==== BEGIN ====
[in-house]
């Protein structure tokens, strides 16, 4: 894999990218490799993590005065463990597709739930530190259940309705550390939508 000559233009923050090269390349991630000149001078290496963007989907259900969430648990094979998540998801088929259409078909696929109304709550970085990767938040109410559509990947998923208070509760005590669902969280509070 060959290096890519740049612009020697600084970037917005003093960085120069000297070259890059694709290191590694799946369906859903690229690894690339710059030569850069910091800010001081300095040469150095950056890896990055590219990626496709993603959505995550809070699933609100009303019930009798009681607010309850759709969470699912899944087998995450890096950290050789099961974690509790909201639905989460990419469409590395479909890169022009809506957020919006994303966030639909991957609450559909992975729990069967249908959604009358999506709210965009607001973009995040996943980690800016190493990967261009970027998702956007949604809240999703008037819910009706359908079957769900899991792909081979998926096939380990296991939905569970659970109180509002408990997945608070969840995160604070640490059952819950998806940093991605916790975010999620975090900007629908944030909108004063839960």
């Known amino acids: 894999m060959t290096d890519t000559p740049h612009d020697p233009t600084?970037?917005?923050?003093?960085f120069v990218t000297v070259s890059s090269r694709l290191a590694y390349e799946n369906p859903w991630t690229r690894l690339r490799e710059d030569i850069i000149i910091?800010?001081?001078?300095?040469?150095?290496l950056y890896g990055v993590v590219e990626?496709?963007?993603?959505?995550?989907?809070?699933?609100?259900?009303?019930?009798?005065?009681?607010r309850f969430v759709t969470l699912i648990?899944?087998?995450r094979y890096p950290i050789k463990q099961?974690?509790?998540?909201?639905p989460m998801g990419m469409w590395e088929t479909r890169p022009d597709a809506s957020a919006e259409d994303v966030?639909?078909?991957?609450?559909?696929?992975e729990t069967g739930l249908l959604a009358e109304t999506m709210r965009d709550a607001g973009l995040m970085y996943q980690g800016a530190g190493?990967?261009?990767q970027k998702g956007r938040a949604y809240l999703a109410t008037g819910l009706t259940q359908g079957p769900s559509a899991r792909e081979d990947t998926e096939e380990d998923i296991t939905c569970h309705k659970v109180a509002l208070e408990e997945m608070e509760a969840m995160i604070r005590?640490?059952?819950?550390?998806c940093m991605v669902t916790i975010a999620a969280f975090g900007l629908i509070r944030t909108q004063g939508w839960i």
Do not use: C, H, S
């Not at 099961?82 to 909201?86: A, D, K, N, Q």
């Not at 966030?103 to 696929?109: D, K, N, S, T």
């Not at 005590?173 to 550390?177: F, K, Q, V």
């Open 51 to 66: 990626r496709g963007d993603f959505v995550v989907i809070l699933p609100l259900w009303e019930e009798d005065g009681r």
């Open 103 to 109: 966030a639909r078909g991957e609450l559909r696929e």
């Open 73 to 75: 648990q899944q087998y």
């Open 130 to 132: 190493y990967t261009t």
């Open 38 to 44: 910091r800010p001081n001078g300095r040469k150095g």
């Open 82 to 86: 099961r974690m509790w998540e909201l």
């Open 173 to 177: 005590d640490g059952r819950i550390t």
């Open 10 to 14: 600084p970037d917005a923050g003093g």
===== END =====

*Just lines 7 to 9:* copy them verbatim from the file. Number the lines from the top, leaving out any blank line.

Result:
């Not at 005590?173 to 550390?177: F, K, Q, V």
């Open 51 to 66: 990626r496709g963007d993603f959505v995550v989907i809070l699933p609100l259900w009303e019930e009798d005065g009681r």
């Open 103 to 109: 966030a639909r078909g991957e609450l559909r696929e």